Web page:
So far the author has not been able to locate the drawings used to produce “spare barrel covers” mentioned in the Ordnance Committee Minutes.
It strains belief that the Chief of Cavalry, usually a Major General, had to get the blessing of the Ordnance Committee to spend $198 but then again, it was the interwar period with the Congress and the public longing for a return to pre-war isolationism, their near pathological fear of militarism and the desire for a defense establishment run on the cheap.
Col. Phillips was part of the Calvary Branch that built upon one of the lessons of WWI; namely that saber charges against a machine gun armed enemy weren’t going to cut it, no pun intended, but there were not quite ready to abandon the horse due to tradition and the perceived unreliability of motorized transport.
With horse mounted charges out of the picture this left the cavalry with the jobs of screening, scouting and becoming mounted infantry equipped with pack transported automatic weapons. The M3 Machine Gun Hanger for the M1919 series of weapons and the M8 Machine Gun Ammunition Hanger were also developed as attachments for the Phillips standard pack saddle.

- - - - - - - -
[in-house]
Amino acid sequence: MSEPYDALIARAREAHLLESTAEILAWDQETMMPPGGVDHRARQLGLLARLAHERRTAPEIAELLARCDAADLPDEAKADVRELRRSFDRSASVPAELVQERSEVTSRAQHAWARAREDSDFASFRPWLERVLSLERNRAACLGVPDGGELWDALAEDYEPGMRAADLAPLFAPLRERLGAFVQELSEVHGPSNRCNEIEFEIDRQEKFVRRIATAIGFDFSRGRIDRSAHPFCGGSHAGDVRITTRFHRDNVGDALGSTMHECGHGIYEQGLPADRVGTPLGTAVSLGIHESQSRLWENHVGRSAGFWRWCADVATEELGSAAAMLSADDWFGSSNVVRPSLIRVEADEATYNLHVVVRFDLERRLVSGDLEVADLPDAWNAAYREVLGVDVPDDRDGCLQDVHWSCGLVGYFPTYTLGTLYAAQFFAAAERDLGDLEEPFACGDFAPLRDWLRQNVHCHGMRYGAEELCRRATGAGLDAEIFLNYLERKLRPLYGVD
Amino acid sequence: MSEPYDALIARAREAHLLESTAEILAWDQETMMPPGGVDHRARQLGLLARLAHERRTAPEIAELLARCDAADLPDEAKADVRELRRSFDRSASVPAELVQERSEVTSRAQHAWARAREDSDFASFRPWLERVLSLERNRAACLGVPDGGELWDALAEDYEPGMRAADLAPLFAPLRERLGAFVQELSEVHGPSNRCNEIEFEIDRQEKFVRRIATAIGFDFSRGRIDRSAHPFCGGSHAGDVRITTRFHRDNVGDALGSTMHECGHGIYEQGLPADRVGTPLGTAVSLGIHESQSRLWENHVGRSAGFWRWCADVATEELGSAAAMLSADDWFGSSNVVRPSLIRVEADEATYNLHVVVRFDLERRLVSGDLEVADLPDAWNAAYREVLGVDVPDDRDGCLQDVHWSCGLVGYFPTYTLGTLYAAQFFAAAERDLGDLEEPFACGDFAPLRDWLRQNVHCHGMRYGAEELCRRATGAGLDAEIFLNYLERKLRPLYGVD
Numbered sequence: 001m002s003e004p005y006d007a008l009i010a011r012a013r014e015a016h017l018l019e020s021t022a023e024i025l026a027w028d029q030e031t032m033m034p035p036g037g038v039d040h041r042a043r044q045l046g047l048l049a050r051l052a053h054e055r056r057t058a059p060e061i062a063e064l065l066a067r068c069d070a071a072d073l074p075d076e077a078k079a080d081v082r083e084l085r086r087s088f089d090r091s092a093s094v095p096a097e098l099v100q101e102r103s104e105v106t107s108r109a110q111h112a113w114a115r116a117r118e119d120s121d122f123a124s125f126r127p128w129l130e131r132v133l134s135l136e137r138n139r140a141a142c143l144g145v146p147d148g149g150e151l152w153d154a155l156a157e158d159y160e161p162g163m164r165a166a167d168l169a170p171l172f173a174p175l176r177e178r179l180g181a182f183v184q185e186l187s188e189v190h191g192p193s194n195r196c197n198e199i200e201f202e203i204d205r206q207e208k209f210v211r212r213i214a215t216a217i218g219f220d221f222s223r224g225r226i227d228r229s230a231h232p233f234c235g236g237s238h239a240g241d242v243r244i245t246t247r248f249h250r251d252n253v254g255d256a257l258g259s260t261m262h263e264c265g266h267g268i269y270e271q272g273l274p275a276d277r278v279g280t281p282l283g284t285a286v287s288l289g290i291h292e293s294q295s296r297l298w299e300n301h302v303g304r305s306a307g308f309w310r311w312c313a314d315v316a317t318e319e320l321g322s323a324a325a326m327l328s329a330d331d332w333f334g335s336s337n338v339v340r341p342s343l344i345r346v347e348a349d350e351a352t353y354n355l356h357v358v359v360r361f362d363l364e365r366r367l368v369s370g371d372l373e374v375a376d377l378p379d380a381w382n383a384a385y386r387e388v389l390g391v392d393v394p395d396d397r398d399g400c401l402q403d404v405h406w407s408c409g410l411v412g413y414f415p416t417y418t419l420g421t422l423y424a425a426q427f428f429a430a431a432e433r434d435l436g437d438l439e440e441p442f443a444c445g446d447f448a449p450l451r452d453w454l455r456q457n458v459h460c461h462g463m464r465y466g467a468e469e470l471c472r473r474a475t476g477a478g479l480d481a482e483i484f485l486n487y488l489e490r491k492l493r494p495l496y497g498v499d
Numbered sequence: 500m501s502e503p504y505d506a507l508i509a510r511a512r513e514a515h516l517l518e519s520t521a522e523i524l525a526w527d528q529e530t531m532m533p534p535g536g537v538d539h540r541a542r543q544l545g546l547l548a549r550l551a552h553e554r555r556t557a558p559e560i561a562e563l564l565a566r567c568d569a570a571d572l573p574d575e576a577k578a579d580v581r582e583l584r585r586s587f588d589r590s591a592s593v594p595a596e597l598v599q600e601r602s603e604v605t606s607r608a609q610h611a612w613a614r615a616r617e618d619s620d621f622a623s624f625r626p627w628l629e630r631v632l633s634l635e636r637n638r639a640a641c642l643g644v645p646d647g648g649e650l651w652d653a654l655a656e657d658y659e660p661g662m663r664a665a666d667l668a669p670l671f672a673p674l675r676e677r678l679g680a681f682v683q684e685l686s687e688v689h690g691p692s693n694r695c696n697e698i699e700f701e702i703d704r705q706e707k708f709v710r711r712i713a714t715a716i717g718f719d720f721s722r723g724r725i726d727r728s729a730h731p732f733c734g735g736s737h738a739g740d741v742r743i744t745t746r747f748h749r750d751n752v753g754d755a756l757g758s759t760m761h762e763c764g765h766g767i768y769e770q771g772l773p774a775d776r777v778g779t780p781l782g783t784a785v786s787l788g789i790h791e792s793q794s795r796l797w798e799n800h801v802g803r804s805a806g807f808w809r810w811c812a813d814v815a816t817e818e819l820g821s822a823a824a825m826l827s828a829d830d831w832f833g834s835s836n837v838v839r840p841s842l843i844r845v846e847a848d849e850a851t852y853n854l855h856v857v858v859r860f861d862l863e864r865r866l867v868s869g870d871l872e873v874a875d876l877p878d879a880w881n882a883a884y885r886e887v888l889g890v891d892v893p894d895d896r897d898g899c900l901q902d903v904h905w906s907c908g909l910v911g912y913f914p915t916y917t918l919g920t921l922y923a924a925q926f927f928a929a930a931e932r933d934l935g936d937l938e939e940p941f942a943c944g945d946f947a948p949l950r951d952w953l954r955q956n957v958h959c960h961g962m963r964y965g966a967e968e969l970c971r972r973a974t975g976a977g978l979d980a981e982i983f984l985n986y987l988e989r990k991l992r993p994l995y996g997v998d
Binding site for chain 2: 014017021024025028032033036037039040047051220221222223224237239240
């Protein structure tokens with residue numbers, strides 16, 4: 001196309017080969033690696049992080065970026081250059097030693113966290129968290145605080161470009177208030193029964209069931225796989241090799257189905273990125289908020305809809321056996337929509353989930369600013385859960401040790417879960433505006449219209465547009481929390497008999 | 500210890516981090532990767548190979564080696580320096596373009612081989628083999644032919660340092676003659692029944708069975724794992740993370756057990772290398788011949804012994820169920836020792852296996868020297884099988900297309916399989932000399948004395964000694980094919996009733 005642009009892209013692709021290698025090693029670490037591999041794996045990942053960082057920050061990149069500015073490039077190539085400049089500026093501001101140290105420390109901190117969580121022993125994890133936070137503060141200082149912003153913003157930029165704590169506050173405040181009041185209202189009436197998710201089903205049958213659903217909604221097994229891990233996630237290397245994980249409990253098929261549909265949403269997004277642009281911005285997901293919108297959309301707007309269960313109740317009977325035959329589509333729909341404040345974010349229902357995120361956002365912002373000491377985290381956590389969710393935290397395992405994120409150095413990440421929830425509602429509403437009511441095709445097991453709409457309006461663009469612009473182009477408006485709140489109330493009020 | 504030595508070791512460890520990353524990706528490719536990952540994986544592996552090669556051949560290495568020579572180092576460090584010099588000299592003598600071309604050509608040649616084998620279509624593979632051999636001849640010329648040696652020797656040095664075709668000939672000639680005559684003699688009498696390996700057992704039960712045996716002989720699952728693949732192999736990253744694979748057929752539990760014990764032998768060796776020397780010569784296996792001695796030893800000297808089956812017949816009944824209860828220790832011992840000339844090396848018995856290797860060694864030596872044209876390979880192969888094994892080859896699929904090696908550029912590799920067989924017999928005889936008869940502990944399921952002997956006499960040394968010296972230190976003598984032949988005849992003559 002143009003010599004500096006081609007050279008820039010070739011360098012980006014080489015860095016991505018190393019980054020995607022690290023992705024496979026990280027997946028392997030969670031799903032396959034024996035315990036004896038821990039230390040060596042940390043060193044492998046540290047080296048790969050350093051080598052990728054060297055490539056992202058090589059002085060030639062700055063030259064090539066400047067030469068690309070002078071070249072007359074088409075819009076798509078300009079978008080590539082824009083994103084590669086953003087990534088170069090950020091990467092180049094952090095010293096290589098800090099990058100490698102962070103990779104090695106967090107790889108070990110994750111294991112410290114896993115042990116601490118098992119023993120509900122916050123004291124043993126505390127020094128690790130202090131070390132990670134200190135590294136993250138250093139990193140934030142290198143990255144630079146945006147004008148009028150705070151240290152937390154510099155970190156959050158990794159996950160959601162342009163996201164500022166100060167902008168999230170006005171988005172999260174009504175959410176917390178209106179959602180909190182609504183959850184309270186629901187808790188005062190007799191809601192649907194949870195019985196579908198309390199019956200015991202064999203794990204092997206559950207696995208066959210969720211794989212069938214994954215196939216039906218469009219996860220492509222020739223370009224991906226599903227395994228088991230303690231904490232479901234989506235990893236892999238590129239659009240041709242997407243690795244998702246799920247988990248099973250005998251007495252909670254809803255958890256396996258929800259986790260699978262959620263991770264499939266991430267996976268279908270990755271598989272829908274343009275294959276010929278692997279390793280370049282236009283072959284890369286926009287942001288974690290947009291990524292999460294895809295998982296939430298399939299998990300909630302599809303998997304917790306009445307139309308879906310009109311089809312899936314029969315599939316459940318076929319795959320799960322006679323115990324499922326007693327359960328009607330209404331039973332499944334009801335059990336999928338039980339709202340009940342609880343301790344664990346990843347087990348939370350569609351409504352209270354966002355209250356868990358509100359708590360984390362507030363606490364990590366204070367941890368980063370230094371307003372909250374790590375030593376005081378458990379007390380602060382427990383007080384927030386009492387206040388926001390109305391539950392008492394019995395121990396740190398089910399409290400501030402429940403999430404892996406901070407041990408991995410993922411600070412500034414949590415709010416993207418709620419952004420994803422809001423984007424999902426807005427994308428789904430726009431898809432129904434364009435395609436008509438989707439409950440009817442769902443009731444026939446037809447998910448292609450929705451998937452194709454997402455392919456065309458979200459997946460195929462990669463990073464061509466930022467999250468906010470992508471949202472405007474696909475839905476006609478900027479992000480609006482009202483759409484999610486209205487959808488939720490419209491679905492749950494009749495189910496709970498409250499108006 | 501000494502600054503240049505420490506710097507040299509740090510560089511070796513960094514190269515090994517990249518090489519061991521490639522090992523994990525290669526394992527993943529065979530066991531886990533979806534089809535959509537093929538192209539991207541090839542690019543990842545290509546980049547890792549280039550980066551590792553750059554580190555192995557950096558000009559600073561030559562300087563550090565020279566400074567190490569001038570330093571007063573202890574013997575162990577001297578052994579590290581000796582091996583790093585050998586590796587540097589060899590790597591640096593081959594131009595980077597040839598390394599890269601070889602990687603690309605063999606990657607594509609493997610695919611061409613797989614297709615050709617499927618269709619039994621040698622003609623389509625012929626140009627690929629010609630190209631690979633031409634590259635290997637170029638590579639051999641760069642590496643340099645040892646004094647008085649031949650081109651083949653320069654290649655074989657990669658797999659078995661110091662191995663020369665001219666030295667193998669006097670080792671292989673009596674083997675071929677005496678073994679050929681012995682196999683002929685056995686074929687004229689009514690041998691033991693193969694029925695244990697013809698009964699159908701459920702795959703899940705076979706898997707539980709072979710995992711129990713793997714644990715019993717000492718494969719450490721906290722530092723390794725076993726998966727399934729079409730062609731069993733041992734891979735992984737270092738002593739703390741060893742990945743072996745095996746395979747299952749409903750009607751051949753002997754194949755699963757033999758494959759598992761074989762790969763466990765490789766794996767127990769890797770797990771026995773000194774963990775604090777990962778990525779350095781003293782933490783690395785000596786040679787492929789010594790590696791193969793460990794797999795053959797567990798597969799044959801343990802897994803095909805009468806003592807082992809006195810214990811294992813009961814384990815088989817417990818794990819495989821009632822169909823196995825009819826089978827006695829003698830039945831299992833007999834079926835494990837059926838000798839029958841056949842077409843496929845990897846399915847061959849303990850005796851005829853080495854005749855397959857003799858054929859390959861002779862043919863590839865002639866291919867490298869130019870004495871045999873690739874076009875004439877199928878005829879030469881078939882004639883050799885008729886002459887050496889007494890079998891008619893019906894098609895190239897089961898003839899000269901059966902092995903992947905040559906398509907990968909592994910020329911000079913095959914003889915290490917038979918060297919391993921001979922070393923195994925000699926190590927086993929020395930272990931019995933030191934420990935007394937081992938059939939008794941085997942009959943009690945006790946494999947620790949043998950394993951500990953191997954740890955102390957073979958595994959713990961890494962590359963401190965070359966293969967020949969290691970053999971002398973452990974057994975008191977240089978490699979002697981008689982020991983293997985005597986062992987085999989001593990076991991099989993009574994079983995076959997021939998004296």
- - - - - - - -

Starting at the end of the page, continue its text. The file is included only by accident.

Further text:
The original design drawing of the M9 barrel cover dates from February 1936, which is near the time line of two events: the transfer of engineering and manufacturing responsibilities for the .30 caliber Browning ground guns from Springfield Armory to the Rock Island Arsenal caused by Springfield’s preoccupation with getting the M1 rifle into production and the growing feeling in the Army, especially the Cavalry, that a standard air cooled machine gun and light weight tripod, something missing from their TO&E, would change combat power for the better.